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Understanding Sheet Music Structuring For Novices



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By : Victor Epand    99 or more times read
Submitted 0000-00-00 00:00:00
Sheet music can be imposing if you are a new music student. Seemingly written in its own language, it can seem like you are expected to be able to read code. In a way you are. Sheet music is written in such a way that musicians can look at it and tell instantly what key, tempo and scale they should be playing in. If you are looking to learn more about sheet music and how to read it then you will have to start at the beginning and work your way through; just as you would when playing a piece in the first place.

The very first thing you must recognize is the structure. While different pieces of music may have varying parts, the basic elements of sheet music will always remain the same. The first important piece of this would be the staff. The staff includes not only the five lines that you see on the paper. It also includes the four spaces in between each of these lines. Each of the lines and spaces will correspond with a single note. You will find the other musical portions in various places on the staff.

There will be a clef sign, a time signature, a key signature and then any other marking that may denote a certain tempo or pitch that is intended. Each of these will work together in order to bring order to the notes that will be found across the staff and help to build the piece of music that they are to become. Now that you know the name of the different parts you can begin to learn what each one is and what its purpose might be. The first part you will find is the clef symbol.

The clef symbol is determined by the the voice that you sing or your particular instrument. There are two different clefs, treble and bass, which determine the octave of the notes you play or sing. They also determine the notes that will be played. The treble clef is the first one we will discuss. Mainly used for higher pitched voices and instruments, it looks somewhat like a reverse S with a line that bisects it vertically.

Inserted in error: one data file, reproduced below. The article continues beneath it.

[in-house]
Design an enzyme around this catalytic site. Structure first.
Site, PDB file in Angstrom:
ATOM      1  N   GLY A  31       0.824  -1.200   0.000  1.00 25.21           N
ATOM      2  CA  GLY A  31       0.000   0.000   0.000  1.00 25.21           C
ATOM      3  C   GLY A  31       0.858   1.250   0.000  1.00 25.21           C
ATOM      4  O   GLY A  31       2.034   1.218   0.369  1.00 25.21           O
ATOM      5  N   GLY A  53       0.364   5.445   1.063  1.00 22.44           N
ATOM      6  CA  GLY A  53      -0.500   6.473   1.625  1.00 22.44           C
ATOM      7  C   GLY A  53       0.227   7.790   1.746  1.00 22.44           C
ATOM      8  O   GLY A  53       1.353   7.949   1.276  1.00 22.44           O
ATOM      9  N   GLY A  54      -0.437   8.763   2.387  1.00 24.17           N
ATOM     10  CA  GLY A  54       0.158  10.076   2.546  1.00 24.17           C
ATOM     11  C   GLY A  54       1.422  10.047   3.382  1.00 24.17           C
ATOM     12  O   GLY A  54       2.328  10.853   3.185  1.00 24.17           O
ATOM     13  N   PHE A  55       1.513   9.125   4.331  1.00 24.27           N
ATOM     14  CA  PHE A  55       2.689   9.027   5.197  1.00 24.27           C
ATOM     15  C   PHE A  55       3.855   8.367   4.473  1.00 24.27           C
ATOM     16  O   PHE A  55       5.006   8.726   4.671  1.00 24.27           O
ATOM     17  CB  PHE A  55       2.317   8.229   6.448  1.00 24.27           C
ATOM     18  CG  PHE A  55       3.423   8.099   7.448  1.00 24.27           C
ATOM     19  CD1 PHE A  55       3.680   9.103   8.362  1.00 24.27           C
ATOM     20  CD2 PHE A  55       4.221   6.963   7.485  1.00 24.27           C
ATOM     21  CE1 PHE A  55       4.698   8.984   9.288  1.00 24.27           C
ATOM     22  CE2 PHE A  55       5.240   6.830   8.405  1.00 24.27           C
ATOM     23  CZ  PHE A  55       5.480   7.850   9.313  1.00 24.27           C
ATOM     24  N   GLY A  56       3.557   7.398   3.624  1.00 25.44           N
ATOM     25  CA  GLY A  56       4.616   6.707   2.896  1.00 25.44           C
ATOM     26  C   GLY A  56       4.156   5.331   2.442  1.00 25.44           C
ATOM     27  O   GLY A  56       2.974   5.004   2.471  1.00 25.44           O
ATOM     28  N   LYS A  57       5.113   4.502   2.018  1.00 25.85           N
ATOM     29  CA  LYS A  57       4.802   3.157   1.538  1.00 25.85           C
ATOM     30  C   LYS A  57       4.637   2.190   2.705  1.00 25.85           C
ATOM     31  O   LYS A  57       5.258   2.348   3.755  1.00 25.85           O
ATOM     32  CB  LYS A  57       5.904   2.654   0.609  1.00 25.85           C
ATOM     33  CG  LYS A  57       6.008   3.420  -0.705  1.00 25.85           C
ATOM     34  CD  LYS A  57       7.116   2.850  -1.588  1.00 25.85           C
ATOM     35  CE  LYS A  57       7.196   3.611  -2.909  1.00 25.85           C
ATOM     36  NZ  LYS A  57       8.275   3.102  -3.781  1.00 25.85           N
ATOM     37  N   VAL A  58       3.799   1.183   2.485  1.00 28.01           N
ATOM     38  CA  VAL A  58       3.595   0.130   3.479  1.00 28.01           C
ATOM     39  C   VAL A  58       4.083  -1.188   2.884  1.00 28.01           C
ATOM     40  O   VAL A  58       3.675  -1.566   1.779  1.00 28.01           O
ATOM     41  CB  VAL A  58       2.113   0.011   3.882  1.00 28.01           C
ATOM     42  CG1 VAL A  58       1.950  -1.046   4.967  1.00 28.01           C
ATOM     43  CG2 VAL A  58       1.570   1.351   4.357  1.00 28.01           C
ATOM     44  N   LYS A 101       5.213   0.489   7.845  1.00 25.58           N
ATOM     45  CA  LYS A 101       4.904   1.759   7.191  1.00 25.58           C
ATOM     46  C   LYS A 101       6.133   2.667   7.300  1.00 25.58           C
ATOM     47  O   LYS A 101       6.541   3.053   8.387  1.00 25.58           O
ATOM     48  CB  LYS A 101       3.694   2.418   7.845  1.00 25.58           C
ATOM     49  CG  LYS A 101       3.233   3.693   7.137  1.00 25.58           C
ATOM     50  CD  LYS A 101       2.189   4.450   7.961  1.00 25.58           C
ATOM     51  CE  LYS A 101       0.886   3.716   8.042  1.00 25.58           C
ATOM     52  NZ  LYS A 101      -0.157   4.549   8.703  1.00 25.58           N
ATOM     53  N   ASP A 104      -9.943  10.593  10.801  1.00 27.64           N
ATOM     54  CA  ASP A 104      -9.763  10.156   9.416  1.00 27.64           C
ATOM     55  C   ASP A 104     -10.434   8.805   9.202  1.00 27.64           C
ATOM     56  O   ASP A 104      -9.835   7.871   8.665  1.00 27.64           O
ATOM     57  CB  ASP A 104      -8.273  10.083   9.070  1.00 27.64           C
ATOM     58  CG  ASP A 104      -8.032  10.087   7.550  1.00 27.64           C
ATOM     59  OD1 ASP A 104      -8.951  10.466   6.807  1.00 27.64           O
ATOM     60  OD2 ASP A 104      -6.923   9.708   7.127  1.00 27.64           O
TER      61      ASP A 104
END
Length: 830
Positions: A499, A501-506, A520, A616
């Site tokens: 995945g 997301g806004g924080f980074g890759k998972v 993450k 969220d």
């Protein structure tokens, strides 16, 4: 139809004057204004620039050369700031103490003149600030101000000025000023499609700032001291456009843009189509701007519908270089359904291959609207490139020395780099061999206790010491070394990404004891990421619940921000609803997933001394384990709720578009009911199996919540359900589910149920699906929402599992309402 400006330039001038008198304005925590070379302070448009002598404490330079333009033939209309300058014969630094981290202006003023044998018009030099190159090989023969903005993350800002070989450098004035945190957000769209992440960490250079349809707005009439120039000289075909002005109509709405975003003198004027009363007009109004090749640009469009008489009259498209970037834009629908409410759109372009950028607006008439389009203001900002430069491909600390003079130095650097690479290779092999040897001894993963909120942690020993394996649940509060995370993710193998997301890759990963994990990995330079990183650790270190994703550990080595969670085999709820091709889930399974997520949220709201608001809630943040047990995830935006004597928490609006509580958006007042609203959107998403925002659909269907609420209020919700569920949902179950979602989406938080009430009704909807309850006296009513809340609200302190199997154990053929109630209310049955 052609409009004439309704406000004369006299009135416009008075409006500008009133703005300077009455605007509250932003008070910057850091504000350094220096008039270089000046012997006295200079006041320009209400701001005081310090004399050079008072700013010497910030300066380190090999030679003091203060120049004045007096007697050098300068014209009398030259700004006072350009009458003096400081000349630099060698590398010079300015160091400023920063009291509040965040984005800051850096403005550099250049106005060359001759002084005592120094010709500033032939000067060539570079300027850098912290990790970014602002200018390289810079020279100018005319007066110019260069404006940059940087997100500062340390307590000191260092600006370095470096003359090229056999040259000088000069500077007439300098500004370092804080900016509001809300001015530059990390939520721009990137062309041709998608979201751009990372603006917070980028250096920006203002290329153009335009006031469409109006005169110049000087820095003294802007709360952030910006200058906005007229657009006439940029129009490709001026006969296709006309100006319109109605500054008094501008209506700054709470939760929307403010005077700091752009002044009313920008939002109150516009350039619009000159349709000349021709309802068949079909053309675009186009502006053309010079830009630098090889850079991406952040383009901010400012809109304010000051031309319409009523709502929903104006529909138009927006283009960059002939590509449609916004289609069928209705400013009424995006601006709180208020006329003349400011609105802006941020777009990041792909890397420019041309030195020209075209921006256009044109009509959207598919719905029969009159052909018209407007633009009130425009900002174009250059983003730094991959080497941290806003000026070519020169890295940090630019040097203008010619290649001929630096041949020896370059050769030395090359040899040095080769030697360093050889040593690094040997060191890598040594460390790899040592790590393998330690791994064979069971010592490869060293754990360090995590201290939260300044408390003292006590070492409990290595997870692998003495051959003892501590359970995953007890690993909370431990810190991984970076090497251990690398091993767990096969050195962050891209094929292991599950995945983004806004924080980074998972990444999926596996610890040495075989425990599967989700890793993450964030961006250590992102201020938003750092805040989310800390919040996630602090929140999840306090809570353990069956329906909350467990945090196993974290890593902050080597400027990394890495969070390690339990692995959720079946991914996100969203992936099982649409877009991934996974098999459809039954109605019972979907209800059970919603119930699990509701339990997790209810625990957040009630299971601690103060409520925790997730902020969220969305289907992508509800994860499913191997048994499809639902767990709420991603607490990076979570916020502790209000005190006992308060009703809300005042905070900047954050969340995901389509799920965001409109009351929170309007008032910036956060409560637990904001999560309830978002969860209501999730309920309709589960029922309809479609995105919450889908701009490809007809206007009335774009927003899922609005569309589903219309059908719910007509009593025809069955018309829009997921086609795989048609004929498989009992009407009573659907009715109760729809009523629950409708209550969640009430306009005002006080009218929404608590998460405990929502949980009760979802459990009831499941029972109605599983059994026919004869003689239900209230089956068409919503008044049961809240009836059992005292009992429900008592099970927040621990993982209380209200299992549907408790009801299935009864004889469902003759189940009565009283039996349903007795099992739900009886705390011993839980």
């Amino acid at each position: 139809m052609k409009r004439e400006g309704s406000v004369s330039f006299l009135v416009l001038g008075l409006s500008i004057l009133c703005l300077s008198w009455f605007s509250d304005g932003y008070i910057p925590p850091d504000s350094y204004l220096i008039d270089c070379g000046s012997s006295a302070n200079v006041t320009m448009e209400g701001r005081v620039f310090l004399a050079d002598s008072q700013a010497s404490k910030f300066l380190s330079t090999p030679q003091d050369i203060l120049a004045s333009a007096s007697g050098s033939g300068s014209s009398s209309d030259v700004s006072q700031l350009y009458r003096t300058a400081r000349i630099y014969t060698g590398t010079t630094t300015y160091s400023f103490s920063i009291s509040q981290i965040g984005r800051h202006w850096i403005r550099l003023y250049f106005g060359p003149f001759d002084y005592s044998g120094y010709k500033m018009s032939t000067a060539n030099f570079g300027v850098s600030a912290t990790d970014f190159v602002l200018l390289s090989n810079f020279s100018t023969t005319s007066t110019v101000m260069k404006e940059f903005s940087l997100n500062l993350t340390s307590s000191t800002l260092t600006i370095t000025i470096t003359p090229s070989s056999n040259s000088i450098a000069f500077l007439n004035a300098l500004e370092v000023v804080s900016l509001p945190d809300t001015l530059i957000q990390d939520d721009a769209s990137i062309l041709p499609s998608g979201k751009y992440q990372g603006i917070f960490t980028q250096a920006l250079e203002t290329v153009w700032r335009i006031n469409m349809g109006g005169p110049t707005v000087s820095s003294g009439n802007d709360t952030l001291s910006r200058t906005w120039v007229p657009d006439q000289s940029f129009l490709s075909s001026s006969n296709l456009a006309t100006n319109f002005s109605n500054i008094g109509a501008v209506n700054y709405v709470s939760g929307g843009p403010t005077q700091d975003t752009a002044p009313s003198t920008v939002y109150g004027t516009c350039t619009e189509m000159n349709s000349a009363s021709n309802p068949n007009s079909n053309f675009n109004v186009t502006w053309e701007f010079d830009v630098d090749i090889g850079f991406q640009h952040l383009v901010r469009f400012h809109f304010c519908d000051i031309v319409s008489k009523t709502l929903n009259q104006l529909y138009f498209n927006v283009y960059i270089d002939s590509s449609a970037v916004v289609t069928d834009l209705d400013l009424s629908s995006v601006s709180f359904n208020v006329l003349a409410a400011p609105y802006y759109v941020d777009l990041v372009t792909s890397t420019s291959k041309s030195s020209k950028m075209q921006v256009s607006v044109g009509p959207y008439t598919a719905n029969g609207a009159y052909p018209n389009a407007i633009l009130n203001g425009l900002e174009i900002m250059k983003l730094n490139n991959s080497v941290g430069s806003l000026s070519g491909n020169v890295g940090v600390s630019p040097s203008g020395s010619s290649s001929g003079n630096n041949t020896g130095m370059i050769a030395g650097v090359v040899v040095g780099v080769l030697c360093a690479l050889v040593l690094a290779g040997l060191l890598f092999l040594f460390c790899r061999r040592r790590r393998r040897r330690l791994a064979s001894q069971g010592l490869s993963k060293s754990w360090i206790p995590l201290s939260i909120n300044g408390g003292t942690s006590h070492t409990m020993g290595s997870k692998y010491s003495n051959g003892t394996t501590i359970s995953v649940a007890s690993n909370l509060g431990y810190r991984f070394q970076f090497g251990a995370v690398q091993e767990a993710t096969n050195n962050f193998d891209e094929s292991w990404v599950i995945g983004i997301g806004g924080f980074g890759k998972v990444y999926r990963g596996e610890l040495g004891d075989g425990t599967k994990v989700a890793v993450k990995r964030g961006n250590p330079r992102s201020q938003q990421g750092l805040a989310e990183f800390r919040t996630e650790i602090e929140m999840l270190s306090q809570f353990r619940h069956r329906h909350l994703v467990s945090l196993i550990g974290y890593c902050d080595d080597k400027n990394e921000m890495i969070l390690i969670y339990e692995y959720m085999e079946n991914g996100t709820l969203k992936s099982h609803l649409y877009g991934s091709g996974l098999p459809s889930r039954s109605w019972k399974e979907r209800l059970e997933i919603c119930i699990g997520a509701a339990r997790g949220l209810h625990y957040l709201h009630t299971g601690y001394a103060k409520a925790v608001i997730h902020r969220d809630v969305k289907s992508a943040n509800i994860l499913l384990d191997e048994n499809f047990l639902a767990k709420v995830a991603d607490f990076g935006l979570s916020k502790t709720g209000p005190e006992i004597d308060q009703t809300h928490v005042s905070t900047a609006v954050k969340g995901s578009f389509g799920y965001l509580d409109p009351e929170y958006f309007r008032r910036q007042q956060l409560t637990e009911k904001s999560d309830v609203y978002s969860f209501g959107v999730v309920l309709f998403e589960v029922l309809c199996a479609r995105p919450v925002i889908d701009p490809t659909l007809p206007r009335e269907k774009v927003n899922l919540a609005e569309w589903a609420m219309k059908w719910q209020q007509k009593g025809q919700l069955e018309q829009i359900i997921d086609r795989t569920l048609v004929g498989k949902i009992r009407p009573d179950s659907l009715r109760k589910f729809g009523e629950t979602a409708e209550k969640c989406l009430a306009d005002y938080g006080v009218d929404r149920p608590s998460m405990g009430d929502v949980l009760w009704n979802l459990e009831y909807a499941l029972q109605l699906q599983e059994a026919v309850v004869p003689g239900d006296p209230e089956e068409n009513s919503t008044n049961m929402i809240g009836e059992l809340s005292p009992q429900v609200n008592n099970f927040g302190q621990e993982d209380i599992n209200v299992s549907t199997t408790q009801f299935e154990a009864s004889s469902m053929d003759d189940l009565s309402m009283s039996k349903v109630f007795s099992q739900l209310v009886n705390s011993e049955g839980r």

The lines of the treble clef staff can be memorized quite easily by the use of an acronym. From the bottom to the top: Every Good Boy Does Fine or EGBD and F. The spaces can be memorized just as easily if not more so: FACE or F A C and E. The bass clef is the second of the two clefs. It is used for instruments and voices that are in a much lower register. The acronym for bass clef notes are as easy to memorize as those of the treble clef. The lines are Good Boys Do Fine Always or GBDFA. The spaces are All Cows Eat Grass or ACE and G.

The next part of the musical language you must learn is the key signature. This will tell you which scale you will be using as a base for your piece. The notes will be marked as to which ones are sharp, flat or natural and this will hold true for the entire piece unless individual notes are marked otherwise. The last piece of the language you will find at the beginning of the musical piece will be the time signature.

The time signature will let you know how many notes you will be playing per measure. A measure is a part of the staff separated from the other parts by vertical lines. The time measure is represented as a whole number or a fraction. 4/4 is regarded as the standard time signature unless another time signature is listed. There are several different time signatures that may be used including 6/8, 2/3, and 3/4.

Now that you know the basics of the staff you will be all set to begin learning the basics of the different notes and the length of time they should be held. Enjoy!
Author Resource:- Victor Epand is an expert consultant for guitars, drums, keyboards, sheet music, guitar tab, and home theater audio. You can find the best marketplace at these sites for guitars, drums, keyboards, sheet music for novices, guitar tabs, and home theater audio.
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